Types of videos for prospecting and content
Depending on your business, stages of the funnel, and a lot of other factors, you can create different types of videos. Let’s go over them and break down some examples.
You’ve likely watched a tutorial video today.
In fact, “how-to” videos are the second most watched types of videos on YouTube.
Tutorial videos are great when you want to give an in-depth overview of your product and its key features. Over time, a smart approach to video tutorials can evolve into an elaborate self-help section on your website to which your visitors can keep coming back to solve their problems and discover new features every day.
This is a great example from Ahrefs:
Now, here’s the thing: Ahrefs is an SEO tool and it can’t be used to find emails. So, they aren’t promoting their tool in this video (at least not directly).
But the folks at Ahrefs recognize that promotion isn’t the goal of a tutorial—the goal is to provide value. The leads will come as a product of your increased brand relevance.
The terms “demo” and “tutorial” often get mixed up, so let’s clear things up:
While demos are quick and feature-focused, tutorials are longer and they go much more into detail.
So, a 20-minute-long video on YouTube about how to create perfect shadows in Photoshop is a tutorial. A five-minute rundown of your product’s features and how they work in practice – that’s a demo.
Here’s how Salesforce did it:
In this video, they demonstrate their Sales Cloud in 90 seconds, giving you a quick overview of its capabilities and use cases. You don’t need much more for a good demo!
You’ve probably seen video testimonials in infomercials a bunch of times: people describing their experience with a product and recommending it to others.
But again, the trick isn’t to write a script and point a camera into a user who you’ve “bribed” with products or other rewards. The trick is to tap into real, human stories that connect with your target audience.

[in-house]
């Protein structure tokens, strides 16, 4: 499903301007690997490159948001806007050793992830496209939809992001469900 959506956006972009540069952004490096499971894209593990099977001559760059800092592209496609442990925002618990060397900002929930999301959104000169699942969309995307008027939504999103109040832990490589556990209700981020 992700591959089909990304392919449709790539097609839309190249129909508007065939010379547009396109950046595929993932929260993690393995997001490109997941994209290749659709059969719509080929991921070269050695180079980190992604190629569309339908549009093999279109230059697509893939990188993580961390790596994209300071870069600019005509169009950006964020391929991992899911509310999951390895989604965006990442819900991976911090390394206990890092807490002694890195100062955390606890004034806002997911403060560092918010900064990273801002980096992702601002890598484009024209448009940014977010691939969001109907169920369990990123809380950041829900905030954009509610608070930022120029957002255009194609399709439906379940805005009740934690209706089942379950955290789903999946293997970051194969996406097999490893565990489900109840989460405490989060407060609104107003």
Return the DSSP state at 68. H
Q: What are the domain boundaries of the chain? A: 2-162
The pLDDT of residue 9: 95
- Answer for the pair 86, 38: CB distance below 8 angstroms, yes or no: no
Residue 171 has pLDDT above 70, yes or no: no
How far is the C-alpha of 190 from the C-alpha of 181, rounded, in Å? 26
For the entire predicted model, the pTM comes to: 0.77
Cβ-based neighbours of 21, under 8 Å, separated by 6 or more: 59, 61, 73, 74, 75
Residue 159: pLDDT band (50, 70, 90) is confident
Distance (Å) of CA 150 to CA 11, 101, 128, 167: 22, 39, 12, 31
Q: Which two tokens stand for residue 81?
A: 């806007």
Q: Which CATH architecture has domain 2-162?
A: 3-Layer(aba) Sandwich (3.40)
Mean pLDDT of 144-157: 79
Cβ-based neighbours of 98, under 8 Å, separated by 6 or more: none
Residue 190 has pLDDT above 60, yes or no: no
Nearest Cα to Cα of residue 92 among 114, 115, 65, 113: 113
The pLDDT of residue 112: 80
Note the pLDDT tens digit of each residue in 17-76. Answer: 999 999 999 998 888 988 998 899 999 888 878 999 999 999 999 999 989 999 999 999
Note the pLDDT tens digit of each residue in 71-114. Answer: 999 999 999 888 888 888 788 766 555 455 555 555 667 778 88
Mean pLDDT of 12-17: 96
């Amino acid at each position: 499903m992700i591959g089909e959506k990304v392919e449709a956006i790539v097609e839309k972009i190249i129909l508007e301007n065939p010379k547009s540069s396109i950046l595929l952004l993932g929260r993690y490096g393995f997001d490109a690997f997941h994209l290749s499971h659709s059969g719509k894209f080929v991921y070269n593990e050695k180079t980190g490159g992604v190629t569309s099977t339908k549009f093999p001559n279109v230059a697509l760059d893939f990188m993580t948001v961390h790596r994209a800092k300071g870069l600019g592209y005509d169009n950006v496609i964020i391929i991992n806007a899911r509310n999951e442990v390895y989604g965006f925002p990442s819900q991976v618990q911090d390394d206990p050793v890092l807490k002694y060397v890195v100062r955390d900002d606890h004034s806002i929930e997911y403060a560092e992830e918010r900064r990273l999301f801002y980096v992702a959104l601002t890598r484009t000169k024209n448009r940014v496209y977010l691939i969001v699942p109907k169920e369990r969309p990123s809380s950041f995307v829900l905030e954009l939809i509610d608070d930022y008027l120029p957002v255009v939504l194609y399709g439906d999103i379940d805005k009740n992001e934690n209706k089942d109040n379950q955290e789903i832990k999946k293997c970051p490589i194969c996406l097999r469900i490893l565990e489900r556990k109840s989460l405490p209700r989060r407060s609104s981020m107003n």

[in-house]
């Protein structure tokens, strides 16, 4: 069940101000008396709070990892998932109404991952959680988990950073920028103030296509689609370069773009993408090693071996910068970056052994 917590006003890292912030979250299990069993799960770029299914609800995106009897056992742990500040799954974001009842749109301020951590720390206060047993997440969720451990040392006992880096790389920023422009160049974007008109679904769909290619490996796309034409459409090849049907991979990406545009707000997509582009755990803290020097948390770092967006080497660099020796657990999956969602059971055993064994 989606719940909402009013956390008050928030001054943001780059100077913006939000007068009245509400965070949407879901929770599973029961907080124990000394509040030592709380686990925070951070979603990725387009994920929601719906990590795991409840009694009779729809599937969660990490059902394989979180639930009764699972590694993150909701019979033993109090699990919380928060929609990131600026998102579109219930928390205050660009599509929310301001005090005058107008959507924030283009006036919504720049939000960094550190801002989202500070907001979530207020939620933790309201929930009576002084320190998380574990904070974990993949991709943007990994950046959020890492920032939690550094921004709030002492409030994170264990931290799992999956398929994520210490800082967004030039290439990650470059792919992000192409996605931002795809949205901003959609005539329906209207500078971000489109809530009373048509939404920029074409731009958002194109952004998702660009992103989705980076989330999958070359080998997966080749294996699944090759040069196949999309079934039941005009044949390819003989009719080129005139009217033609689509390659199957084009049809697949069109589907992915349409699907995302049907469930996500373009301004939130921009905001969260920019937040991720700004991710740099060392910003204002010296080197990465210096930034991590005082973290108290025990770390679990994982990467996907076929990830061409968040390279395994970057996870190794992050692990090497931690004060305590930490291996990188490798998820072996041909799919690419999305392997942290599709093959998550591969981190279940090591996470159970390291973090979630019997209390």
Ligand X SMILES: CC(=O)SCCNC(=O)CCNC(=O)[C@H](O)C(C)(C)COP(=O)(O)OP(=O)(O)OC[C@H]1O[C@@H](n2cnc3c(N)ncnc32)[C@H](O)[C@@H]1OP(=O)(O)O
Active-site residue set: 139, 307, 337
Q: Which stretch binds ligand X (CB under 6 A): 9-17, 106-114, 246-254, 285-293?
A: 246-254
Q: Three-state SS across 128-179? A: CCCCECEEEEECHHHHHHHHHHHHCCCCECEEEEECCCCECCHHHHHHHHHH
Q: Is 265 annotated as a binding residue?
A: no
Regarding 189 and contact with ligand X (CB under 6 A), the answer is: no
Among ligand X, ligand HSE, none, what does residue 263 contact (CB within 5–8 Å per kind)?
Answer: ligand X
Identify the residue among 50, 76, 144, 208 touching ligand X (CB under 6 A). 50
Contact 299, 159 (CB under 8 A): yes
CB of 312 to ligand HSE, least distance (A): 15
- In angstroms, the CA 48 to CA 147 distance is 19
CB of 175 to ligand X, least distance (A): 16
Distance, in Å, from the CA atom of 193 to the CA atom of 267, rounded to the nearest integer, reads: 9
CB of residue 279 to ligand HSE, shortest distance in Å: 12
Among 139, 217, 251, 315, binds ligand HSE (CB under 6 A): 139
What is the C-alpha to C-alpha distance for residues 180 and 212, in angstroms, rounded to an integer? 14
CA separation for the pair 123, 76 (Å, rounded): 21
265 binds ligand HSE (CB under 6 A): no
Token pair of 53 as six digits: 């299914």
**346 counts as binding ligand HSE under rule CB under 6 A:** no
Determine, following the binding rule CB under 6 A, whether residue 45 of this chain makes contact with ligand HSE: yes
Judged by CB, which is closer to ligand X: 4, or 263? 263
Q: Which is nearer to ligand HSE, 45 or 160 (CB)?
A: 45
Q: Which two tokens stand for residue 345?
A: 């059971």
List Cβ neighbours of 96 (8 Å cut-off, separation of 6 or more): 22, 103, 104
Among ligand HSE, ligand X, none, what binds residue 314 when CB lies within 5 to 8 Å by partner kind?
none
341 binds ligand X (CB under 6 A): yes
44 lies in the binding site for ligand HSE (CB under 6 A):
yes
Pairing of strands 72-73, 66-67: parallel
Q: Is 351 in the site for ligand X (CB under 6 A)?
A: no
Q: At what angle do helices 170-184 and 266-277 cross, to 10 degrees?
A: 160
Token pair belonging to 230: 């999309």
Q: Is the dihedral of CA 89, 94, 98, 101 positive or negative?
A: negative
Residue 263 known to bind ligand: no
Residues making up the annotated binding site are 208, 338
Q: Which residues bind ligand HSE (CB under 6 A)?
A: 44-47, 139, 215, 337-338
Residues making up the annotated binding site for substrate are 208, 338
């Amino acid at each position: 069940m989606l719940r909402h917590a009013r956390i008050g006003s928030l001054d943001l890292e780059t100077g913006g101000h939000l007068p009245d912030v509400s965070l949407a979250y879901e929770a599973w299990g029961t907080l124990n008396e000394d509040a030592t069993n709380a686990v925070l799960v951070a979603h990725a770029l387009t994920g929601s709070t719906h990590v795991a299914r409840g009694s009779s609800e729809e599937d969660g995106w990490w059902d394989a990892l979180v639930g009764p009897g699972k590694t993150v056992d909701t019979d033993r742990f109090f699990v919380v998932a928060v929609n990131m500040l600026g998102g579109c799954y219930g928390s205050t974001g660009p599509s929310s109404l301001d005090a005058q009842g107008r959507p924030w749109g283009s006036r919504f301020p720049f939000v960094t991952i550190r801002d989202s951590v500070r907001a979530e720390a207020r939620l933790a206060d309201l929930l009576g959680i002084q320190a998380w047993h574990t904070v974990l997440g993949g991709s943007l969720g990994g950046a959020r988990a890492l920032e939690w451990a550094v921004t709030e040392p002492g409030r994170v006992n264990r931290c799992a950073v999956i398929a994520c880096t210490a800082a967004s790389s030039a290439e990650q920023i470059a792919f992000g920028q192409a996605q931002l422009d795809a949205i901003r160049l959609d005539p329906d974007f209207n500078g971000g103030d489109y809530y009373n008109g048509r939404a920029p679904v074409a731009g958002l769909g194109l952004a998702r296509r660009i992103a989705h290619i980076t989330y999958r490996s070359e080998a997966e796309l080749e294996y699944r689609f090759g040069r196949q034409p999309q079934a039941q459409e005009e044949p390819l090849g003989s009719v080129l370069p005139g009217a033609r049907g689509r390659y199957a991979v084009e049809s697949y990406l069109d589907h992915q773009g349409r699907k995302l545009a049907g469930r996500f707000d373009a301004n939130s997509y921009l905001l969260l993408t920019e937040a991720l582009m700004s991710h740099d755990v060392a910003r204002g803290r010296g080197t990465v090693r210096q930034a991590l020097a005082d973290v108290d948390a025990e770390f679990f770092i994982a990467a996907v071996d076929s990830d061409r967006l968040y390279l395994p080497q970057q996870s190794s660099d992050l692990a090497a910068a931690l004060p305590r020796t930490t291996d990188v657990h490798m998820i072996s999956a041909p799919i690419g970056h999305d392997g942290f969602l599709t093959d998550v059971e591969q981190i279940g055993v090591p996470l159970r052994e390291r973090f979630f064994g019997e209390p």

Simply put, you want your audience to relate to the message and project themselves into the situation.
In one of our favorite examples, Felder Group gives one of their customers a platform to speak honestly, without a script. The result is a great video in which you connect with the subject and learn more about the product in a non-promotional way:
These videos are focused mainly on the product—the way it looks, feels and interacts. A product video typically features a voiceover and/or chyrons and graphics that describe the product in more detail.
We use these videos to highlight product’s USPs and features that are most likely to spark curiosity. That’s what makes product videos perfect for those customers that are in the beginning stages of the funnel and still learning about your brand.
This video from Training Mask is a good example of a product-centered video:
You don’t get the biggest idea of how it works and how you should use it but it sparks this curiosity through dynamic shots that make you feel like it would be a great addition to your training arsenal.
“Welcome” and “thank you” videos
Finally, we have one specific type of video that a lot of our clients have great success with: “welcome” and “thank you” videos.
Although they’re slightly different, we can put them in the same basket because they’re used at the same point in the sales funnel: after the customer signs up or makes a purchase.
Here’s how these videos look when made with Bonjoro:
“Welcome” and “thank you” videos are perfect for creating a meaningful connection with your customers and making them feel valued. We’ve also found that they can increase return traffic by up to 32%!
Creating the videos, the A-Z process
The process of creating a video usually happens through three stages: pre-production, production, and post-production.
In this stage, you need to define everything before you can start shooting.
This is the stage where you need to make important decisions that will set the stage for the entire shoot. You need to explore options when it comes to preparing a script, scouting locations, renting the gear, choosing the actors, scenery, etc.